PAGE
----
-by DCCF Coach, Evan Peak
“It’s hard to be told what you don’t want to hear…” is such a simple statement but can be easily brushed off out of context. First of all, of course it’s hard. I DON’T WANT TO HEAR IT, DUH. Second of all, it’s easy to think, “Hey now, I listen to criticisms and take everything with a grain of salt and I always try to use what someone tells me to my advantage and learn from all my mistakes and I never get defensive and I’m smart.”
Then you find yourself abnormally frustrated in the gym. It’s been a rough couple weeks of training and there are a thousand worries and stresses outside of the gym. On top of that you just finished day two of 1 rep max’s that left a lot to be desired; essentially missing easy lifts that you swear up and down you should be able to hit. Now you’re getting ready to start a WOD you’re not really looking forward to. After a couple of sketchy warm up reps with the prescribed weight, your coach comes over and says, “Hey that looks a little heavy, I think it would be a good idea to scale down the weight,” which is a nice way of saying, “Dude, chill out on that shit or you are gonna hurt yourself and potentially look like a jackass.”
At this point it’s likely that you are NOT thinking, “Damn I love this gym. I’m surrounded by people supporting me and want me to get strong and be a badass, and they also care about me and don’t want me to get hurt! This is pretty sick.” It’s likely that your thought process is more like, “What the fuck. Seriously? I just hit this weight like two times. I can absolutely hit it for another forty or fifty. I’m not weak, I’ve been busting my ass recently, I know you’ve seen it, come on.” You don’t say any of that, but instead blurt out, “It’s the prescribed weight! I’m not gonna go down.”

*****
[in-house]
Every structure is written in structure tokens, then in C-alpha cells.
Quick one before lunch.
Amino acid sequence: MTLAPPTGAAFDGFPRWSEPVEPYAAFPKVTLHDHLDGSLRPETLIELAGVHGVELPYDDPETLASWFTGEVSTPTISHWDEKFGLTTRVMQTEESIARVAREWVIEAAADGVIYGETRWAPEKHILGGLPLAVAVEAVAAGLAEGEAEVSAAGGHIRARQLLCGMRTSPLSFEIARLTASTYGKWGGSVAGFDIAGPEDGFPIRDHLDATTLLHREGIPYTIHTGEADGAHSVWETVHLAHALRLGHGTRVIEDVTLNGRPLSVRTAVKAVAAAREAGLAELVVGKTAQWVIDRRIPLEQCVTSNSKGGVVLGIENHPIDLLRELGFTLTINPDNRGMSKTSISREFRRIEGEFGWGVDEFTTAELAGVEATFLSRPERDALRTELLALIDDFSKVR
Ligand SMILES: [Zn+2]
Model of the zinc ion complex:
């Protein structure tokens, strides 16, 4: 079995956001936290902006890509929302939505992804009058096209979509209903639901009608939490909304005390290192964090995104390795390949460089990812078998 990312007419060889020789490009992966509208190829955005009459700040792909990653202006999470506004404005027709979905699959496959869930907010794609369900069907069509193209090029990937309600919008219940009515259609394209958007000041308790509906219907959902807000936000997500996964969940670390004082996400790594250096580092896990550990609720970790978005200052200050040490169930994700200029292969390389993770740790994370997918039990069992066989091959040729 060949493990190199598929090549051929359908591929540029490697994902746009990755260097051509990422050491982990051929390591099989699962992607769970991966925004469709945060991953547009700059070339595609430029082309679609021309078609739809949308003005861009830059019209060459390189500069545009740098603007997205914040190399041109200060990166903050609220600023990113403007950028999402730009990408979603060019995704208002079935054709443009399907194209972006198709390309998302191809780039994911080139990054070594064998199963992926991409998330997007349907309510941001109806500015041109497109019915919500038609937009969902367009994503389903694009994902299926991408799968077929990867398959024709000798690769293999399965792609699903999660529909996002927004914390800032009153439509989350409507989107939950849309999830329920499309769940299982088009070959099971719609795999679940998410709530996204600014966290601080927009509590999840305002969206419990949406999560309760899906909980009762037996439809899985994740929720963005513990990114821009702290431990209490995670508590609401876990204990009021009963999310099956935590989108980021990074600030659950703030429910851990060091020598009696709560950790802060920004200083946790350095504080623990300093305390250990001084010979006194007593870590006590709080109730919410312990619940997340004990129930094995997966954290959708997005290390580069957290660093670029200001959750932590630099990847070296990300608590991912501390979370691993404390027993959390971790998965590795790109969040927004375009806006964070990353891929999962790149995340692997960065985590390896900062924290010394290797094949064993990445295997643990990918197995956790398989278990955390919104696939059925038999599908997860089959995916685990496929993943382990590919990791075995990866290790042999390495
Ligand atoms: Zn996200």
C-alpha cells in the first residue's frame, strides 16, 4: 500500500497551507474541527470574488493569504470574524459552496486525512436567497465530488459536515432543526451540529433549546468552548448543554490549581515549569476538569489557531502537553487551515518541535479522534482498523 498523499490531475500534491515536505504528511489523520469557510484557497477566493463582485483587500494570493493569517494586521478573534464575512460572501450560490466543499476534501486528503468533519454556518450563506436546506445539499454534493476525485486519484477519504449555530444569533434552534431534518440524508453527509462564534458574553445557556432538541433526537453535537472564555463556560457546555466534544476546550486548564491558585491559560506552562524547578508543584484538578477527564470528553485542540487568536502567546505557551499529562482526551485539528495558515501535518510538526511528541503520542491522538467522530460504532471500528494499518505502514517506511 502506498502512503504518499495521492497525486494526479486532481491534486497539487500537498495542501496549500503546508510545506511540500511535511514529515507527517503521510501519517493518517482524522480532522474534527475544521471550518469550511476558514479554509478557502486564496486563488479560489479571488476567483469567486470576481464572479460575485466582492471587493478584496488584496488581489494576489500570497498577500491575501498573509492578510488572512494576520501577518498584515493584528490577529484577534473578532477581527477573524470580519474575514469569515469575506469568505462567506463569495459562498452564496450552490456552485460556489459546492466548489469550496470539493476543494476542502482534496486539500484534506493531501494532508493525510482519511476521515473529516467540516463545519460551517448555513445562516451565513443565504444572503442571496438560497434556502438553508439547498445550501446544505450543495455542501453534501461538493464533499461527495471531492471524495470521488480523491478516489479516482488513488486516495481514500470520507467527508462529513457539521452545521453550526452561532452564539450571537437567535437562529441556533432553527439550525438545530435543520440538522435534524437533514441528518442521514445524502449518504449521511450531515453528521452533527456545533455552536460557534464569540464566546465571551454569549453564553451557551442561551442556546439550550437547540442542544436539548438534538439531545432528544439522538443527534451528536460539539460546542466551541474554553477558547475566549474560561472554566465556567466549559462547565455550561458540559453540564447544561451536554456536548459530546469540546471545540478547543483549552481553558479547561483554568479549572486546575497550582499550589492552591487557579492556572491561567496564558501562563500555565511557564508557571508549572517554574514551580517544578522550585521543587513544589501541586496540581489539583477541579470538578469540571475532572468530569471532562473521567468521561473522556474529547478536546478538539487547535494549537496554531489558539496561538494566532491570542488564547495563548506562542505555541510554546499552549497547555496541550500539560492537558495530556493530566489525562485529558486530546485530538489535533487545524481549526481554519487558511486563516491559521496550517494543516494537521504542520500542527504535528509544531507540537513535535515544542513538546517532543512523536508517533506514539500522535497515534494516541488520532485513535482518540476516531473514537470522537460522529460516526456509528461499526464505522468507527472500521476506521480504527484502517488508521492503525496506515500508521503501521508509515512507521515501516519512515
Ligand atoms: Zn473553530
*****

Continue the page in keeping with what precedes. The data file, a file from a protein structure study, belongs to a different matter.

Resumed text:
You proceed full speed ahead, the conversation fuel for your fire; you’re gonna prove that you’re capable of doing the workout prescribed. Cut to the end of the workout. You made it through, somehow, but you don’t feel good about it. Maybe the weight was so much that it slowed you down during the AMRAP, making it hard for you to really push yourself. Maybe you missed more lifts than you made, and in turn didn’t get the workout you wanted. Worst-case scenario: you’ve injured yourself and feel guilty for getting flustered with your coach and now you have to take time off from the gym.
CrossFit is all about pushing us out of our comfort zones. Being told what to do can make us feel uncomfortable. We might feel insecure, weak, or disappointed in ourselves when we’re told to scale something back. We might give the coach a dirty look and then grudgingly take weight off the bar. We might put up a front, scoff at them and say “Whatever, I’ll do what I want.” We forget that they just want the best for us.
The hope is that this reminds us of a stupidly simple statement that’s worth saying: We’re all human: Coaches make mistakes. Athletes make mistakes and coaches try to help correct them. It’s ok to be frustrated, it’s ok to make mistakes. The goal is to acknowledge them; maybe you really should have scaled the weight in that workout. We should aim to fix these mistakes to become better people. We want to look good, we want to be strong, but ultimately we all want to be the best people we can be.
Part of that is ignoring humility and finding the line between safely pushing ourselves and dangerously pushing ourselves. Being a coach, I especially should be able to accept another coach’s advice because I have been there. I’ve had to say similar things to people and it’s not easy, but I do it because I care. In the heat of the moment it’s harder to react while keeping an open mind. It’s easy to go home, sit, think, and then write about how you wished you had reacted. So let this serve as a reminder to try and take a step back. Get out of your head, think about taking steps towards the day when you will hit that 1 rep max, or when you will be able to do the workout as prescribed, and do it safely, and even more importantly, kill that shit.